The bronze medals were awarded to Ketki Ketkar of Cornell and Nicole Feygin of St. John’s. Rounding out the top eight were Montserrat Viveros of Ohio State, Isabella Chin of Harvard, Ariana Rausch of Princeton and Mina Yamanaka of Columbia/Barnard.

"Oh, it's super exciting to win the individual title. Ultimately myself and I think all my teammates are here for the team competition. So the individual was just a nice bonus after on top of that, but I realized after the pool rounds heading into my semi final how much I really wanted it so it felt good to do it for my family at home and for my Harvard fencing family."

Jessica Guo celebrates her National Championship title by raising her trophy. (Photo by Paul Vernon)

Women’s Foil: Jessica Guo, Harvard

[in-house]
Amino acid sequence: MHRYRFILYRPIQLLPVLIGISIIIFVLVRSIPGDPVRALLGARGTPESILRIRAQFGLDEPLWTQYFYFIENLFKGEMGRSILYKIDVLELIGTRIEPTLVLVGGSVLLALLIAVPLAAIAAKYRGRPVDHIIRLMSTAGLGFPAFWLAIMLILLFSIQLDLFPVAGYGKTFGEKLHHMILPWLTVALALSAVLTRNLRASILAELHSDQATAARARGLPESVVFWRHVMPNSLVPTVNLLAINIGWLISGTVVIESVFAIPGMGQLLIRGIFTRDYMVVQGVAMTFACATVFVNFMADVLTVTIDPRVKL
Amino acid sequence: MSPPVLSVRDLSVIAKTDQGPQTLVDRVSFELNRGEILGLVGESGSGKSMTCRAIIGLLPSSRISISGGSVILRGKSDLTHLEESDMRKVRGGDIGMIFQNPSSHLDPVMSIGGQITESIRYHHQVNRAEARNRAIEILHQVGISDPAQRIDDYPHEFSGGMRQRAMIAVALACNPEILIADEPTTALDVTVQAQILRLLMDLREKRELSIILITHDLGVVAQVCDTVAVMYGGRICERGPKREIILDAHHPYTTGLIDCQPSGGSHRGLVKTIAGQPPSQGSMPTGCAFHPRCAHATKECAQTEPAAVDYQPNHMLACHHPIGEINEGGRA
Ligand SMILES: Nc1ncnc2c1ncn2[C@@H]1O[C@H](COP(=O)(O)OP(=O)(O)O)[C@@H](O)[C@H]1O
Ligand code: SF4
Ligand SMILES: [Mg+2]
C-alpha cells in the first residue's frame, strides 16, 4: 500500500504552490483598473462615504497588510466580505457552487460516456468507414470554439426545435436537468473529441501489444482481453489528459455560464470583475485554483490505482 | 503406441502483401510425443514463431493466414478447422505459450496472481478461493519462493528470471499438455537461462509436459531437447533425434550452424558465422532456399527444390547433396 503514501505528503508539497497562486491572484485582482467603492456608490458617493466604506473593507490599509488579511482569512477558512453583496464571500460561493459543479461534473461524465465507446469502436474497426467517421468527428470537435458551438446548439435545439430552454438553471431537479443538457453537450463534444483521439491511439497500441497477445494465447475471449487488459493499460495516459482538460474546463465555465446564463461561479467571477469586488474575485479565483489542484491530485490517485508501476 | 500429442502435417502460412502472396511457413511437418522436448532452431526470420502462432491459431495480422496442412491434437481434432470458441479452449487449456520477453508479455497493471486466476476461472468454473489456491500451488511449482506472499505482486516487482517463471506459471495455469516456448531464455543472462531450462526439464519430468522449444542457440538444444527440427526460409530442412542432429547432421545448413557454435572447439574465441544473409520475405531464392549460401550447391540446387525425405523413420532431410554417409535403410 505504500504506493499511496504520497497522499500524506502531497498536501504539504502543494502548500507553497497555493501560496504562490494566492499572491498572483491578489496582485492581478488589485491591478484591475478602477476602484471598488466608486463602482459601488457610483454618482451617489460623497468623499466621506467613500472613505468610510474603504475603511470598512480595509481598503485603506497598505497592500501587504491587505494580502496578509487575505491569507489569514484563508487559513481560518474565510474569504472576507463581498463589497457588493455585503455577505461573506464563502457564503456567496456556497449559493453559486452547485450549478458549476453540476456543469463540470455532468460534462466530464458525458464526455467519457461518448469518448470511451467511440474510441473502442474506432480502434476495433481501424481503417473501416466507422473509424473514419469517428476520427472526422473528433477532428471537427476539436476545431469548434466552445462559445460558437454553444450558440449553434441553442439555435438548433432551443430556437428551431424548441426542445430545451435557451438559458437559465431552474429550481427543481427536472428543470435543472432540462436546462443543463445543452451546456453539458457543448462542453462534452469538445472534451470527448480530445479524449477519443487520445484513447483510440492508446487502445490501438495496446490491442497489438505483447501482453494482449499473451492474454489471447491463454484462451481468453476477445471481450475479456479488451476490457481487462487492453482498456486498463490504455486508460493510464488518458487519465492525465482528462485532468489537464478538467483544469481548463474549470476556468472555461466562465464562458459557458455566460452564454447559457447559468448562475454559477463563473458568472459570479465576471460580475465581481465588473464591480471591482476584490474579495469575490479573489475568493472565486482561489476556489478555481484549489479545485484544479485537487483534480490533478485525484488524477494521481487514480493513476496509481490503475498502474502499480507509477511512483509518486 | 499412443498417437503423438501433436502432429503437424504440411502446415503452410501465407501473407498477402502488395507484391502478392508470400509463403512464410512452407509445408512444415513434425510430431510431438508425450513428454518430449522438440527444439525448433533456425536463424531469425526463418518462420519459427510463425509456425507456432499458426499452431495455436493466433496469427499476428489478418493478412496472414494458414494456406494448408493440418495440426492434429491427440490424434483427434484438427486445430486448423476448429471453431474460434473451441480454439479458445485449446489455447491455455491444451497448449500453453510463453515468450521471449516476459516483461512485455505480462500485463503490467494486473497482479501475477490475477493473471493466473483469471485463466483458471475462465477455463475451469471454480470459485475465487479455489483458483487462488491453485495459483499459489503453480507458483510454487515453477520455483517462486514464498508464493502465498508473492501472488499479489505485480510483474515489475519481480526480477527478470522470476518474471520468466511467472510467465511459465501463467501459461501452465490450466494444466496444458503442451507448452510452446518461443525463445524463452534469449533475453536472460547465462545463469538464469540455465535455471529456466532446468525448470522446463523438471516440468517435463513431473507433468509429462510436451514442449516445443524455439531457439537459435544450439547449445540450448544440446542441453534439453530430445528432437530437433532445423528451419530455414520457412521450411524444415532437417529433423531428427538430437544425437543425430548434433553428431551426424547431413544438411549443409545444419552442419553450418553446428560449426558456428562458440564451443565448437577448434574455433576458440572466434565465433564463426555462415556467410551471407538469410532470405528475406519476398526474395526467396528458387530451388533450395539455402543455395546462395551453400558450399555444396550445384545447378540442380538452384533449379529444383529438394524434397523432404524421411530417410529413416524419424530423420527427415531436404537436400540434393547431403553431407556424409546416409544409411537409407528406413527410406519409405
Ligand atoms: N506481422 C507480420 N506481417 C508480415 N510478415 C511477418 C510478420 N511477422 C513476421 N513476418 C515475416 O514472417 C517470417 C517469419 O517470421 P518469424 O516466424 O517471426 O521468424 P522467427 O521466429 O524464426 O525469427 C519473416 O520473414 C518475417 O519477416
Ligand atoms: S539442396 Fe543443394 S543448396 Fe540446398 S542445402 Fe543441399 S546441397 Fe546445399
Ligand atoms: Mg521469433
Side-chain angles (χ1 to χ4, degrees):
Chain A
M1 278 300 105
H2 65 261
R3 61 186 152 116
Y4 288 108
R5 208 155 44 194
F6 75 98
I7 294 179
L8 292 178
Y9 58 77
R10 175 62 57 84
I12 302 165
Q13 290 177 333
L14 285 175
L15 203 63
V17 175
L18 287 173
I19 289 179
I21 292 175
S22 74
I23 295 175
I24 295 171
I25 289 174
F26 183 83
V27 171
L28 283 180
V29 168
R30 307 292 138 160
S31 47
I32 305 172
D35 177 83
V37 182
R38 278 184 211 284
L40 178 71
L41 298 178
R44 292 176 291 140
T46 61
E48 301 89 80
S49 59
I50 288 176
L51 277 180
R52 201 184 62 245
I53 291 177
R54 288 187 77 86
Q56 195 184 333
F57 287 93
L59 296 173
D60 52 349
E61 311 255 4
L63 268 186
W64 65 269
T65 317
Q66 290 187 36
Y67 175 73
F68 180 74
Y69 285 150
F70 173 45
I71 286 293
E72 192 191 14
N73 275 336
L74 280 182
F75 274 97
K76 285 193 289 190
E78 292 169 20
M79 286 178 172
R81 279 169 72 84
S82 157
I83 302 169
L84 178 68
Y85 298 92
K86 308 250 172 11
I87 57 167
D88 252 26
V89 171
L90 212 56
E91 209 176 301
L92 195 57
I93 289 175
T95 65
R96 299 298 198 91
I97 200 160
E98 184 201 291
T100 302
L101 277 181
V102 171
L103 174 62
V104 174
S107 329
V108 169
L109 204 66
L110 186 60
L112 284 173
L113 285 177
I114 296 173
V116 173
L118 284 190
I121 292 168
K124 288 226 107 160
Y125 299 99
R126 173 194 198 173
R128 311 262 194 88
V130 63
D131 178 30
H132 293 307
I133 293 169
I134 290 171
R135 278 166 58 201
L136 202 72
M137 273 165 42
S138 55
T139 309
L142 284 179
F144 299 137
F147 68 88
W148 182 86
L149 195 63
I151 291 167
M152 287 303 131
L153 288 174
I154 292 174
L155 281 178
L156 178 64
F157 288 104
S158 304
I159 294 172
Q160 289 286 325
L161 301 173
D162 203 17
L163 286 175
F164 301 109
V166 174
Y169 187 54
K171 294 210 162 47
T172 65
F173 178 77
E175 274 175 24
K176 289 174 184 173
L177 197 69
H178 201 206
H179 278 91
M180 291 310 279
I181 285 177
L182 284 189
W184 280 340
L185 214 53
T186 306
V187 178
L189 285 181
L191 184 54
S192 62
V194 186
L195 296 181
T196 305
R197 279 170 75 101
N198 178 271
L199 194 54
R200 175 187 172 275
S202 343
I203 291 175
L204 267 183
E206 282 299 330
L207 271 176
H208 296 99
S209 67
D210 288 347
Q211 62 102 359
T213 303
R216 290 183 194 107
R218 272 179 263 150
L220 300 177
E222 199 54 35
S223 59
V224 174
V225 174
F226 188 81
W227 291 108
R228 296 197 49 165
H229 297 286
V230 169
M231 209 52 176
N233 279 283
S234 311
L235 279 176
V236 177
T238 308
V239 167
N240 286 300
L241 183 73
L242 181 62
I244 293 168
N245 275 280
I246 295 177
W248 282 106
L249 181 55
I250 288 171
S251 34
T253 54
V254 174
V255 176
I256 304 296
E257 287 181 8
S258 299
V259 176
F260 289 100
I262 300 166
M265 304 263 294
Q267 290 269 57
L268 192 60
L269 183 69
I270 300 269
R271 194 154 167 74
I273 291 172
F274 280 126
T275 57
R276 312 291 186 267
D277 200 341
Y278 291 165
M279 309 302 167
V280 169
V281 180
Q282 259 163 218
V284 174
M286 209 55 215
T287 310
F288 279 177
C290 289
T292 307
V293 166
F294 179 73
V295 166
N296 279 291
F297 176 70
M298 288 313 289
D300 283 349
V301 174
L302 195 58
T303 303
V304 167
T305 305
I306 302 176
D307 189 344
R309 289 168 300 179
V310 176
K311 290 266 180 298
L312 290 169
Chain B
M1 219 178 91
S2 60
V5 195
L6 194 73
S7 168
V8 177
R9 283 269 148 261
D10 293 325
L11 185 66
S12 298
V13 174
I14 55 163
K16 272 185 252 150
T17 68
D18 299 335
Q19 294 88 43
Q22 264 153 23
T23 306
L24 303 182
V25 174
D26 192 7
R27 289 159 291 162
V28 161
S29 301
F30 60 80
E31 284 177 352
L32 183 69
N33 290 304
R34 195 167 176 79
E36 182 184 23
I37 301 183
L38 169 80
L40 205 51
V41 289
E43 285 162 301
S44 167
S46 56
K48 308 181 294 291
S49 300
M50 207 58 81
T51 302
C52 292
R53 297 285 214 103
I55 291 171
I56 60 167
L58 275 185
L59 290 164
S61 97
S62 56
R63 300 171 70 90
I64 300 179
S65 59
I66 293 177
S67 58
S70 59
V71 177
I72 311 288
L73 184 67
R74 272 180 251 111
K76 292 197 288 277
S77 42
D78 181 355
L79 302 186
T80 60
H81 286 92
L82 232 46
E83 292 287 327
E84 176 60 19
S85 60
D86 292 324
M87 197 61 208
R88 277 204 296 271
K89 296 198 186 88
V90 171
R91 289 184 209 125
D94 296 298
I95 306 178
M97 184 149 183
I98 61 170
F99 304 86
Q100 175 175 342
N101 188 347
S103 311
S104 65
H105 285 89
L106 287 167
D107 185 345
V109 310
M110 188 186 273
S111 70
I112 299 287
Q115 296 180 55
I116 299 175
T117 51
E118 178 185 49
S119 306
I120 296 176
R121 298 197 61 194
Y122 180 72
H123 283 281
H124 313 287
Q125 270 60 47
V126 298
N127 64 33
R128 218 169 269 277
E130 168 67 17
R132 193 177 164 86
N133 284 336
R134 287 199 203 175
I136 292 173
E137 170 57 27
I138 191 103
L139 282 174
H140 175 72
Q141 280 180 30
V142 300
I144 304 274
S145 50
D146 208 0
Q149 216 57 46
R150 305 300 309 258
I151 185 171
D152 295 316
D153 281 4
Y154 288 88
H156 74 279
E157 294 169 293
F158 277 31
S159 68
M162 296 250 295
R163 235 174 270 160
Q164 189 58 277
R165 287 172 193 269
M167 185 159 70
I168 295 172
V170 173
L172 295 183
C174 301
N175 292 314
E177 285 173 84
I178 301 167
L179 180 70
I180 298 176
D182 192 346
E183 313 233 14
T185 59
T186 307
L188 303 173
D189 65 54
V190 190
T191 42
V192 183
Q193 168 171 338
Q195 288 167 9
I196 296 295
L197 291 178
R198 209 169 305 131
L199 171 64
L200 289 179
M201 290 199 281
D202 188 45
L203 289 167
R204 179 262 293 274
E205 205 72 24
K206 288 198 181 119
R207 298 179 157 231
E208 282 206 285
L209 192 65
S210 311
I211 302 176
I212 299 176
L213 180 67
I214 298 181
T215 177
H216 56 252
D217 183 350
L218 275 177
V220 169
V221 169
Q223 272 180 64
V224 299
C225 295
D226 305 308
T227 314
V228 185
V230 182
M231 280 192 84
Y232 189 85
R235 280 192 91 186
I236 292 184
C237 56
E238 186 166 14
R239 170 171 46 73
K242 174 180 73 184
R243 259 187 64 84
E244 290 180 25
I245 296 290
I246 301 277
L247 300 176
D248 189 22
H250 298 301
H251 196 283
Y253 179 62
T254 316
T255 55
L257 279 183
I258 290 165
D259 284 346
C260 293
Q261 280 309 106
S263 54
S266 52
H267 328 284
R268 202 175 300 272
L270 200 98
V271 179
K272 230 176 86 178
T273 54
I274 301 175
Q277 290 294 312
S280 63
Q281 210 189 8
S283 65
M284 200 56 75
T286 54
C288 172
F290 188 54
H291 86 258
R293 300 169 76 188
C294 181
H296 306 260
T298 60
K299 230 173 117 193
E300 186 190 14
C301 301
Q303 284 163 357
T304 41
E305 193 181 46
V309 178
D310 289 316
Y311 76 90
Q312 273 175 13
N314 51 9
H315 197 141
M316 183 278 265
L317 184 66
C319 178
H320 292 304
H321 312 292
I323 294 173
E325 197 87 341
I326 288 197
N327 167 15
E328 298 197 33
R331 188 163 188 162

The Women's Foil final featured a captivating duel between teammates Lauren Scruggs of Harvard and Jessica Guo. Guo came out on top, defeating Scruggs by a score of 15-7 and securing the gold medal and NCAA title for Harvard.

Bronze medals were awarded to Rebeca Candescu of Notre Dame and Dariia Myroniuk of Ohio State. Completing the top eight were Evelyn Cheng of Columbia/Barnard, Crystal Qian of Stanford, Kristina Petrova of Yale, and Christina Ferrari of Duke.

"It's definitely really great to win the individual title and I think that most of it, I have to thank my teammates for supporting me throughout the whole day because there was moments where I was like, kind of feeling down. Like if just hearing them cheer for me was like really helpful and it like kept me going."